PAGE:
About Schmidt (2002)

D: Alexander Payne
S: Jack Nicholson, Kathy Bates

Though Jack Nicholson seems to be making a latter-day career out of playing elderly eccentrics on spiritual journeys (much as he once played younger eccentrics doing the same thing), About Schmidt is not a retread of As Good as it Gets. It is still very much a star vehicle. Much of its energy comes from Nicholson's performance. But where As Good as it Gets (which won the actor an Oscar) was ultimately smug and condescending, offering the traditional feel-good 'out' for its bigoted, self-involved protagonist, About Schmidt subjects its central character to a psychological probing which reveals and challenges his assumptions, but leaves him struggling with them as the final credits roll, denying conventional catharsis. He may have 'learned something', but we are forced (as he is) to ask of what value is his realisation and what difference will it (and he) really make?

In what has already proved to be another award-winning performance, Nicholson plays another character whose world seems very small, as much by choice as by force of social circumstance. This time he plays an actuary whose retirement seems to intensify his faint but potent dissatisfaction with so many of the things and people around him (as well as with himself). As his daughter (Hope Davis)'s wedding approaches, he takes a road trip which becomes one of those odysseys of discovery beloved of a particular genre of American motion picture with which Nicholson has had a long association (right back to Easy Rider).

This journey is self-consciously narrated through the medium of letters written to an African child which Schmidt has sponsored, a device which allows screenwriters Alexander Payne and Jim Taylor (Election) to explore different layers of storytelling and perception. Working from Louis Begley's novel, they build a complex portrait of a life examined by an unreliable narrator, a central character whose realisations about himself are gradual and subject to constant challenge by developments in the plot. It is a rich and rewarding script which builds to an absorbing character portrait in spite of many familiar generic elements. It also gives Nicholson enough control to hold the centre, yet gives Payne enough room to manoeuvre around him as director and work from the outside in. The world of the film is ultimately as interesting as the character himself, again in spite of generic familiarity, and the final result is a satisfactorily thought-provoking work of contemporary American cinema.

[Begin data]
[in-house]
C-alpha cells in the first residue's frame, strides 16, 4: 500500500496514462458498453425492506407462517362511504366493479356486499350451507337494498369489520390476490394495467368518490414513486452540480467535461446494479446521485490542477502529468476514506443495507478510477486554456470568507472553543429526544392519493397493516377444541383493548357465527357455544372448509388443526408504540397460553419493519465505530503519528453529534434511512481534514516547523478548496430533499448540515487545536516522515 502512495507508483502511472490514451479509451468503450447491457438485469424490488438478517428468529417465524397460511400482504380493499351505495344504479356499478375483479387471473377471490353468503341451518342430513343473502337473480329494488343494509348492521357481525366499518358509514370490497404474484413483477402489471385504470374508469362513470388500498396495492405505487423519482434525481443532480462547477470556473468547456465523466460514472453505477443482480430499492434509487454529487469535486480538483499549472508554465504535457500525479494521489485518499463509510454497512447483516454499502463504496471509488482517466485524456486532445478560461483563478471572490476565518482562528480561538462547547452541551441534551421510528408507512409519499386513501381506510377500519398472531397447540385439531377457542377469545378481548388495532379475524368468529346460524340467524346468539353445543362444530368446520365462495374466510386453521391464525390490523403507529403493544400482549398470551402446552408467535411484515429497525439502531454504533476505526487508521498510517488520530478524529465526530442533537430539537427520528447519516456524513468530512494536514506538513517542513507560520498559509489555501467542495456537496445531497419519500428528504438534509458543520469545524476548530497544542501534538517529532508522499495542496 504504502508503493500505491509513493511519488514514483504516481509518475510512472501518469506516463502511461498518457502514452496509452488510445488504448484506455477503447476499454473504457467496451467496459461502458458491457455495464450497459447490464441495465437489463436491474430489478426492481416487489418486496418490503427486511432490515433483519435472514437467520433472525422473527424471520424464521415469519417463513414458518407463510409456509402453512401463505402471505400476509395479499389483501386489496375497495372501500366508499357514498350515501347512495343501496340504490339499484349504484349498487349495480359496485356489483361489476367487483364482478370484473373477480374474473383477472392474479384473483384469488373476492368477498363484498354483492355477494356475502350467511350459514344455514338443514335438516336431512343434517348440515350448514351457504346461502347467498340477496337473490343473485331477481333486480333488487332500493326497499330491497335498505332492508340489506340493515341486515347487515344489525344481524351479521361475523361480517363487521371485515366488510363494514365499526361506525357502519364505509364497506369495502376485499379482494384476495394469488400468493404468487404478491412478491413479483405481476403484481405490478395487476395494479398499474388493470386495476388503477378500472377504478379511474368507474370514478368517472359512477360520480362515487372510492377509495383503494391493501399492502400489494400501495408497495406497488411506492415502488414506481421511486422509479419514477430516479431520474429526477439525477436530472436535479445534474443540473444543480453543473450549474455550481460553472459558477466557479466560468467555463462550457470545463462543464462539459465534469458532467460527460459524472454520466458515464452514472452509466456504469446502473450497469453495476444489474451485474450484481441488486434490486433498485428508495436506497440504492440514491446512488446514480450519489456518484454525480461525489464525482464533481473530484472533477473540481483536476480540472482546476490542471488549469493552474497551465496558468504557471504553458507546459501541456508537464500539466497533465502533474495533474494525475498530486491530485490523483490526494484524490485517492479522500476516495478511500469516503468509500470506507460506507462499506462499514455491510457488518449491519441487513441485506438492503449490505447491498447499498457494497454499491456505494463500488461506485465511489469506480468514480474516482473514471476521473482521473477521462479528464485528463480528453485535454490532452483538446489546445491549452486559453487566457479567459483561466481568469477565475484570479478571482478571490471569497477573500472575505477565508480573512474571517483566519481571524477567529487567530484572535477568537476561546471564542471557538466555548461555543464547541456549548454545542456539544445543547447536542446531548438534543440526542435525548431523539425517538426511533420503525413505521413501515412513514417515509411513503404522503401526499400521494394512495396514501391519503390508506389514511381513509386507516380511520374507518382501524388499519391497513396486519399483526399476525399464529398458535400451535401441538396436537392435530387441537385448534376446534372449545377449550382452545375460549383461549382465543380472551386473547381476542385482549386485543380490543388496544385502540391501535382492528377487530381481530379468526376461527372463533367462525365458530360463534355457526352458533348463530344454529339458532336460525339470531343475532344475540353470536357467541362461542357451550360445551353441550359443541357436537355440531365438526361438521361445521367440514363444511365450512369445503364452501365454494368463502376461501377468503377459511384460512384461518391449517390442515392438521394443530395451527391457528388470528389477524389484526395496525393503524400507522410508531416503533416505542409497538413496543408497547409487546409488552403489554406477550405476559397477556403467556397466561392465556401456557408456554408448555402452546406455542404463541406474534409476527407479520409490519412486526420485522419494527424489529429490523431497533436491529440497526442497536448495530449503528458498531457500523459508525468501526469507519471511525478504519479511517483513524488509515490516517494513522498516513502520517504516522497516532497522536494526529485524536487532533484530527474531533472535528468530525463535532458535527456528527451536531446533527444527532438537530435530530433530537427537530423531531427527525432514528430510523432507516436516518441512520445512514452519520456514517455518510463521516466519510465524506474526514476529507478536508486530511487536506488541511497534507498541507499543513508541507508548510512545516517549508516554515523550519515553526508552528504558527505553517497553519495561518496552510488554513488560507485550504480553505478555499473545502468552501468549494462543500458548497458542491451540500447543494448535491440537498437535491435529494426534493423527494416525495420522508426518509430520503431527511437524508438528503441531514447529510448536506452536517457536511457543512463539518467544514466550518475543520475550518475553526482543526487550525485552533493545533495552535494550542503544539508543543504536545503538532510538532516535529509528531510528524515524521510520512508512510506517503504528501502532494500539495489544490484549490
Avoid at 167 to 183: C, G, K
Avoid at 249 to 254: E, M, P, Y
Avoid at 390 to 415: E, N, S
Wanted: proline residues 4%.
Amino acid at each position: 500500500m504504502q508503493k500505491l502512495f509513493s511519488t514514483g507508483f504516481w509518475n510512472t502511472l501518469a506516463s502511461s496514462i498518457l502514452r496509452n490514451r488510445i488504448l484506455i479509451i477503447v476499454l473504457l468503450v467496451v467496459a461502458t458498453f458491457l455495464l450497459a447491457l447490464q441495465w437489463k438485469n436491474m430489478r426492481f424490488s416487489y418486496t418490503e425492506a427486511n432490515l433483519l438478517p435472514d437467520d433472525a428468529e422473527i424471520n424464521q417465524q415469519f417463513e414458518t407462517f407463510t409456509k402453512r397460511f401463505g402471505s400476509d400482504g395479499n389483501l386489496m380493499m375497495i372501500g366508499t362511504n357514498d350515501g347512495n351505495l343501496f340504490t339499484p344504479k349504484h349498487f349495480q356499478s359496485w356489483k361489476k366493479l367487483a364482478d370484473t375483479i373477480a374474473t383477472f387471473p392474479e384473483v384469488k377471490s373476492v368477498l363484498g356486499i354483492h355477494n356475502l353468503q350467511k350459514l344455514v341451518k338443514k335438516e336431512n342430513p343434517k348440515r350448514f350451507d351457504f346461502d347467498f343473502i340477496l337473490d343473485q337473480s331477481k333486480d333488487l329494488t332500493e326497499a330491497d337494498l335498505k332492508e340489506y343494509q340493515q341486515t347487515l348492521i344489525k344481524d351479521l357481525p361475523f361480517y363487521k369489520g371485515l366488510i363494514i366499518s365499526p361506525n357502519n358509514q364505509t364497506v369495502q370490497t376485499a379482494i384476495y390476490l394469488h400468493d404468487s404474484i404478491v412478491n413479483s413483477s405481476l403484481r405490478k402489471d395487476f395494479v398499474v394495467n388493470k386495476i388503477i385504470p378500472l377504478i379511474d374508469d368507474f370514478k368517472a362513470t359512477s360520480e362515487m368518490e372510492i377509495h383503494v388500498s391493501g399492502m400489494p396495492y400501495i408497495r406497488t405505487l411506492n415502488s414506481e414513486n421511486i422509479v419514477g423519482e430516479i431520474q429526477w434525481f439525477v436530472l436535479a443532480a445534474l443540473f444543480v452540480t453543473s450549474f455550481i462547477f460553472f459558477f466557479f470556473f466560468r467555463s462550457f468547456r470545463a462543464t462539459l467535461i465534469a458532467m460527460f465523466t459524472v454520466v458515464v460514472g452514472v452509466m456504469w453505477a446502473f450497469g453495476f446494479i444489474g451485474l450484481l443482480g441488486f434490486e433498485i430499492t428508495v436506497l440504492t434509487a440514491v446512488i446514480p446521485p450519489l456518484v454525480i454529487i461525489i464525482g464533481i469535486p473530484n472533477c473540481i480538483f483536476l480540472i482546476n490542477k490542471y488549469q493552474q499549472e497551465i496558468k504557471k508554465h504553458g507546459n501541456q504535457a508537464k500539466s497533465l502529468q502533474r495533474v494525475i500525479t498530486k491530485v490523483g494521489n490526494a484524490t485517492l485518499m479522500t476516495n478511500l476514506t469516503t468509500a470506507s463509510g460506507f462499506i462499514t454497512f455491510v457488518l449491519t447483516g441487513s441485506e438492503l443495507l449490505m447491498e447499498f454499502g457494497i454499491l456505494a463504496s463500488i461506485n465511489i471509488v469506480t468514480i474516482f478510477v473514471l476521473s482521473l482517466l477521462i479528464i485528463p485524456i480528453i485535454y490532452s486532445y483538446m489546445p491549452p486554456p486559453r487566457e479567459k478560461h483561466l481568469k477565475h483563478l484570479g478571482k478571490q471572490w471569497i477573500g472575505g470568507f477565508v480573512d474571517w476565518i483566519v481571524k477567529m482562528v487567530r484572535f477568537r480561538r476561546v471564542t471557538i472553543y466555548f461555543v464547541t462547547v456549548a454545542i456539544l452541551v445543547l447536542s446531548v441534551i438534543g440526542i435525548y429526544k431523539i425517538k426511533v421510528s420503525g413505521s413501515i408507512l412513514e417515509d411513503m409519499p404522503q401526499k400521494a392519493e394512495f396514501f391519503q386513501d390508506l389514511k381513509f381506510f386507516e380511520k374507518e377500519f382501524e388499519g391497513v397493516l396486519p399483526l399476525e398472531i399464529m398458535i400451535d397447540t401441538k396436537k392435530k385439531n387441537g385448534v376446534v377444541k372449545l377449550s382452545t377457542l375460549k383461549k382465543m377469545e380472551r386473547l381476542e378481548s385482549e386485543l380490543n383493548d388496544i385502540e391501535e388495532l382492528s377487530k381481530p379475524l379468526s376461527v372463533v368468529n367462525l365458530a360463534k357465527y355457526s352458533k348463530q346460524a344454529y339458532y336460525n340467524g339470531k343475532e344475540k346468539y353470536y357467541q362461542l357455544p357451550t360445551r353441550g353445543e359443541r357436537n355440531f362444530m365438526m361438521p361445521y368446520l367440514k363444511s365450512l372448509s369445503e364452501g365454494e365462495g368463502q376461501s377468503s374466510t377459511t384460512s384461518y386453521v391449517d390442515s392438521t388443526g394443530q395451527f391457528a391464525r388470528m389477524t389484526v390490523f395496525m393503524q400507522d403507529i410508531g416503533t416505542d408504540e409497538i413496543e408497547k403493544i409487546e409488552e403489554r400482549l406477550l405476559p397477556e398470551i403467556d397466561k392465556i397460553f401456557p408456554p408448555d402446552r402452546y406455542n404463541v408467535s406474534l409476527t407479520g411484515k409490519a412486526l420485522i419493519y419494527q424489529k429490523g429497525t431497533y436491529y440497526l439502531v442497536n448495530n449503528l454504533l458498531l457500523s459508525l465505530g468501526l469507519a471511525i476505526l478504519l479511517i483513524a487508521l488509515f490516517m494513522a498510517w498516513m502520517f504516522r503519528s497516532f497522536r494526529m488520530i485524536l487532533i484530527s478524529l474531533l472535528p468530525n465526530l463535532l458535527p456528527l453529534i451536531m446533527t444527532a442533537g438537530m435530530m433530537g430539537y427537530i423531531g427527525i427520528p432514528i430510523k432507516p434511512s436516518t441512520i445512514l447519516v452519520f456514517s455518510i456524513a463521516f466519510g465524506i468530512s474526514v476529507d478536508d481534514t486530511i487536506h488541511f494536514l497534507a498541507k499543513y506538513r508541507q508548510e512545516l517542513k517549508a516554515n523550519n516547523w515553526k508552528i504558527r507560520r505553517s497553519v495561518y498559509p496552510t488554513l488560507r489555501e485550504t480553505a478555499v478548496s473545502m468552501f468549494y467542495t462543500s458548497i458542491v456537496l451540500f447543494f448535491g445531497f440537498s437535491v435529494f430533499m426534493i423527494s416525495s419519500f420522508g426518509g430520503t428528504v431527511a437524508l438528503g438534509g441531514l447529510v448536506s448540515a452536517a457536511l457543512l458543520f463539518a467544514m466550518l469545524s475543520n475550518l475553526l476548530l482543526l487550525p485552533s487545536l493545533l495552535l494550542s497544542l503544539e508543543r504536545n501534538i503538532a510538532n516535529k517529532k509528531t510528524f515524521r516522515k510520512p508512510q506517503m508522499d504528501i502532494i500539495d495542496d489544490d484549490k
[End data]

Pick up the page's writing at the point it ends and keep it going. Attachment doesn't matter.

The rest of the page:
There are some issues of tone inspired by Rolfe Kent's score which may lead to some confusion. In accepting his Golden Globe for Best Actor in a Drama, Nicholson quipped "I thought we were making a comedy." About Schmidt is occasionally quite funny and it does centre on a character whose single mindedness often disrupts an otherwise harmonious world, as is usually the case in the genre. The film also moves its central character towards social integration and a greater understanding of his inner relationship with the world, another keynote of 'comedy' in the classic sense.

Yet the film has a relentlessly grim undertone and an unforgiving grasp on the hard edges of its character's prejudices and perceived failures which makes it less than comfortable viewing. In a key scene (which turns to comic farce), Schmidt is told by a woman he barely knows that she senses that deep inside he is a very sad man. Though trite, the observation is also very true. An almost oppressive sadness underlies much of the film, which delves ever more deeply into despair as Schmidt tries to affect change in an outside world which is increasingly beyond his grasp. However, in spite of this entirely appropriate dramatic trajectory, much of the action is overlaid by a jaunty and seemingly unsuitable score which seems designed to compel the audience towards laughter.

About Schmidt is ultimately not the multiplex muncher it has been marketed to be, though it is a worthwhile viewing experience. Audiences who care to pay attention will find a wealth of detail which mount up to a compellingly authentic piece of cinematic portraiture. Though Nicholson is definitely the star, the film is generally well acted. Kathy Bates (Dolores Claiborne) has fun with another character whose subtle details are also ultimately richer than they first appear. The fact that she also has a brief nude scene may or may not be of interest to you, but it is an interesting moment in the film, adding to the discomforting and confrontational currents which wash over both Schmidt and the viewer who joins him on his journey.

Review by Harvey O'Brien PhD. copyright 2003.